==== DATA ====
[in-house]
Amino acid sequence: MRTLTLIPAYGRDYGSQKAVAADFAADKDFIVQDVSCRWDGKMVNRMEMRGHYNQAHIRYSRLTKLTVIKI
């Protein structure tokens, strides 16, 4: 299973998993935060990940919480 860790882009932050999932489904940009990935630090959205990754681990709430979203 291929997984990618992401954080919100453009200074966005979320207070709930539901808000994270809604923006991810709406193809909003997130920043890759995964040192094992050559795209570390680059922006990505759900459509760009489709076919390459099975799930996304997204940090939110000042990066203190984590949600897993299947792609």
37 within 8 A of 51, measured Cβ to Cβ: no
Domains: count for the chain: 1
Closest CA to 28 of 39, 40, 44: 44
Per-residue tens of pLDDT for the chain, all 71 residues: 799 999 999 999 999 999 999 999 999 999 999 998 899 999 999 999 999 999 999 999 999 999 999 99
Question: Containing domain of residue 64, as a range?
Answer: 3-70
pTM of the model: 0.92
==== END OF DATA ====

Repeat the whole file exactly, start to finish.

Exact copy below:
[in-house]
Amino acid sequence: MRTLTLIPAYGRDYGSQKAVAADFAADKDFIVQDVSCRWDGKMVNRMEMRGHYNQAHIRYSRLTKLTVIKI
């Protein structure tokens, strides 16, 4: 299973998993935060990940919480 860790882009932050999932489904940009990935630090959205990754681990709430979203 291929997984990618992401954080919100453009200074966005979320207070709930539901808000994270809604923006991810709406193809909003997130920043890759995964040192094992050559795209570390680059922006990505759900459509760009489709076919390459099975799930996304997204940090939110000042990066203190984590949600897993299947792609």
37 within 8 A of 51, measured Cβ to Cβ: no
Domains: count for the chain: 1
Closest CA to 28 of 39, 40, 44: 44
Per-residue tens of pLDDT for the chain, all 71 residues: 799 999 999 999 999 999 999 999 999 999 999 998 899 999 999 999 999 999 999 999 999 999 999 99
Question: Containing domain of residue 64, as a range?
Answer: 3-70
pTM of the model: 0.92